Advocate editorial board opinion: Invest in much-needed projects to fuel economy

Aug. 8, 2011 at 3:08 a.m.

Sales tax revenues and property tax evaluations are on the rise in Victoria.

That's the sign of a solid economy and evidence the city's investments of recent years are paying off. The Victoria City Council should consider first how to fuel continued growth as it sets its 2012 budget.

The finance director projects the city will receive $3.2 million more than last year, mainly from increased property and sales tax collections.

In budget hearings scheduled during the next month, council members will consider where to set the tax rate, keeping in mind the delicate balance between easing the burden on taxpayers and investing in work that will advance the city's economy.

The city is in the enviable position of being able to keep the tax rate the same and still being able to invest in much-needed street, water and sewer work. High on the city's list are upgrading John Stockbauer Drive and completion of downtown improvements.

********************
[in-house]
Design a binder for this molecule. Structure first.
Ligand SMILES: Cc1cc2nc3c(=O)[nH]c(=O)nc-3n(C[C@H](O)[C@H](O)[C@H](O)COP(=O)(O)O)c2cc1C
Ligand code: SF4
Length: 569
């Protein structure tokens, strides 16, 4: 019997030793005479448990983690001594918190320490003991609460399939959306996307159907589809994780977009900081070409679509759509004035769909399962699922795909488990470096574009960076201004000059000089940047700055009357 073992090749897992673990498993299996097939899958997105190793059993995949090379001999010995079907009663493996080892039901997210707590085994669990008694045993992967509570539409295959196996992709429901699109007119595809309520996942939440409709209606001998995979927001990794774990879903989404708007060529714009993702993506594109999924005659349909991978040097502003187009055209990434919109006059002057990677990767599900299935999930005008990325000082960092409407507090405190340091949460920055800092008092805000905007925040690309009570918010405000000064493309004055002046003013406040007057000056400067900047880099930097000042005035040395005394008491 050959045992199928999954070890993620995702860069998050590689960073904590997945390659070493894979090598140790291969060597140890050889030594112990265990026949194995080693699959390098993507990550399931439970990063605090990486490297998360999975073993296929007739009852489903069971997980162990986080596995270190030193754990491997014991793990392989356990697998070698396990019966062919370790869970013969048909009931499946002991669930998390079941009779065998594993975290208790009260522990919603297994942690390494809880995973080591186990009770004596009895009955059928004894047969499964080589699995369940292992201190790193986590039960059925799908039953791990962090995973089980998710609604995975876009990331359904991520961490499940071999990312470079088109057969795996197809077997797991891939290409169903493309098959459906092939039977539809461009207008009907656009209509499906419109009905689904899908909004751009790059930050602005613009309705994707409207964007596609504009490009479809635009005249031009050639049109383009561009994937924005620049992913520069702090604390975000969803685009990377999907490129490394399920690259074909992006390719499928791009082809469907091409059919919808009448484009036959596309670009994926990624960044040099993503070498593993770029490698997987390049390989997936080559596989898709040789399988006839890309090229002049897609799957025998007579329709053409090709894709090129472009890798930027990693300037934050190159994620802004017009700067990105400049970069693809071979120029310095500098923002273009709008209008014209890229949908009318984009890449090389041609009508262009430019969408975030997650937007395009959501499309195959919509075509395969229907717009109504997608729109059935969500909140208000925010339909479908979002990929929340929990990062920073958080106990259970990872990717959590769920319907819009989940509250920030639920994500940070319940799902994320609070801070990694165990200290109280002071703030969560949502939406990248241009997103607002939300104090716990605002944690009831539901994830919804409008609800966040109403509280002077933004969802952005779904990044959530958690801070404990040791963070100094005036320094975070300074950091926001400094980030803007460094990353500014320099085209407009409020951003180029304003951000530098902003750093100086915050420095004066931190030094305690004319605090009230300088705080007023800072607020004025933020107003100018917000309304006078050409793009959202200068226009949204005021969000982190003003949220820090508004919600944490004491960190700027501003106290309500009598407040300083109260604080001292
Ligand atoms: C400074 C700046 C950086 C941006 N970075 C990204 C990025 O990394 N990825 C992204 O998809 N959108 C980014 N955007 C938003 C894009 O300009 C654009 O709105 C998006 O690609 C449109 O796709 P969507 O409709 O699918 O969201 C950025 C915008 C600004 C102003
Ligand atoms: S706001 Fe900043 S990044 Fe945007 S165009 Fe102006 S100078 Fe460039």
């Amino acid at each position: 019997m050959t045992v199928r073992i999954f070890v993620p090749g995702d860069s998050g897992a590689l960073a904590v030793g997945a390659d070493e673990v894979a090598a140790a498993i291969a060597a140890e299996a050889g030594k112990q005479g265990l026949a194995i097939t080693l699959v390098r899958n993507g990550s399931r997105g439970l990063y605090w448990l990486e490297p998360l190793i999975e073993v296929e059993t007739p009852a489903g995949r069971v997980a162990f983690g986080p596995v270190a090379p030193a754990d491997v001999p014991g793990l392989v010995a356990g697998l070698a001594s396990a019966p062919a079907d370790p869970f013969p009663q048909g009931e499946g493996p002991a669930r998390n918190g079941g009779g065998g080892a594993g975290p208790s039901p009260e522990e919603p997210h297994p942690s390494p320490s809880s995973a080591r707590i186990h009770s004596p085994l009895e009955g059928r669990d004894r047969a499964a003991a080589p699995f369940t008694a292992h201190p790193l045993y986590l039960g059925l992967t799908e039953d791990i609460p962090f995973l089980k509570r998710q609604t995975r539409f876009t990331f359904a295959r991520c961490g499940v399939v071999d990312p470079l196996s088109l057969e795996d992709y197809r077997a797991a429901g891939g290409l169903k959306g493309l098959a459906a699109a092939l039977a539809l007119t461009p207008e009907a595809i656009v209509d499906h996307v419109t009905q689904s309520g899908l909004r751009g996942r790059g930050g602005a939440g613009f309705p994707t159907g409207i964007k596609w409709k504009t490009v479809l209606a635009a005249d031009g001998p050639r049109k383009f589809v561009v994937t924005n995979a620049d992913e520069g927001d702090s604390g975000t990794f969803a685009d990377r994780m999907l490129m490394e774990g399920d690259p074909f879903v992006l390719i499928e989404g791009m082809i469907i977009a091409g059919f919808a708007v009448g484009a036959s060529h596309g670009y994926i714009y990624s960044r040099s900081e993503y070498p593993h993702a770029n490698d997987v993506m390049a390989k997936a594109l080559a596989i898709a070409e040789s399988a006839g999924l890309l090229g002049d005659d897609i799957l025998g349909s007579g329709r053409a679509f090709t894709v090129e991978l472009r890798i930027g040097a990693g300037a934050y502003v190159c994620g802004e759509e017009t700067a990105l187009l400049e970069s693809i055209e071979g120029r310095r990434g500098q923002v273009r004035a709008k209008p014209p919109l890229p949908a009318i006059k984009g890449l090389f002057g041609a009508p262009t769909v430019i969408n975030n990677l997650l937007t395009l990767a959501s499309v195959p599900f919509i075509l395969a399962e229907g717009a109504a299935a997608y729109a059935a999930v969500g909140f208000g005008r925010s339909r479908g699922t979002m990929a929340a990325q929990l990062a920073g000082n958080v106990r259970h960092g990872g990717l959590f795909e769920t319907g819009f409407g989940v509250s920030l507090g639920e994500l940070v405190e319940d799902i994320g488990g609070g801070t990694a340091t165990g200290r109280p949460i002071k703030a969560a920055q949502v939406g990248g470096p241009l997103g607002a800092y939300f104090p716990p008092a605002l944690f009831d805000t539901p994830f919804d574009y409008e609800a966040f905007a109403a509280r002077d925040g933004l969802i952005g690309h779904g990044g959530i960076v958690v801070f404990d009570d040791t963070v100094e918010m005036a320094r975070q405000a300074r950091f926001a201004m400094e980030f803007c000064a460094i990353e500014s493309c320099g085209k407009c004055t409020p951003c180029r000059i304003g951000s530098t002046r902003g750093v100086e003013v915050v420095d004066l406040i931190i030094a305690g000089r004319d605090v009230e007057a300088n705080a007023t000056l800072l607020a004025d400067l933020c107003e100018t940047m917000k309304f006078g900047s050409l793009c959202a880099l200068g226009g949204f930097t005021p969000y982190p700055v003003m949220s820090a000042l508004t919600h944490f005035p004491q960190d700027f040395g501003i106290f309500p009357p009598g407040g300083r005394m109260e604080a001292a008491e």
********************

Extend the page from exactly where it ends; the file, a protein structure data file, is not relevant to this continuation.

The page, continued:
The city estimates it can accomplish both important projects by keeping the tax rate the same. That's a prudent course of action.

The city should be congratulated for its work in recent years on Laurent Street, Sam Houston Drive and downtown. This work - coupled with the public's investment in new schools, a fine arts center and a natatorium - is changing the face of Victoria.

These are exciting times to live in Victoria. The opening of the Caterpillar plant next year near John Stockbauer Drive is expected to further the mini-boom created by oil and gas drilling. The city should do all it can to keep up the momentum.

Some will argue the city should lower its tax rate and delay this investment. While this sentiment is understandable given the high federal tax burden, local taxes are small by comparison and yield the biggest, most direct dividends.

The city allowed itself to get much too far behind with street work in years gone by. The sorry state of Sam Houston Drive before construction started illustrates this point.

The coming decade promises to be glorious times for Victoria as its economic engine roars in ways not seen since the 1960s. The city council is not the only driver of the economy, but now is not the time to step on the brakes.



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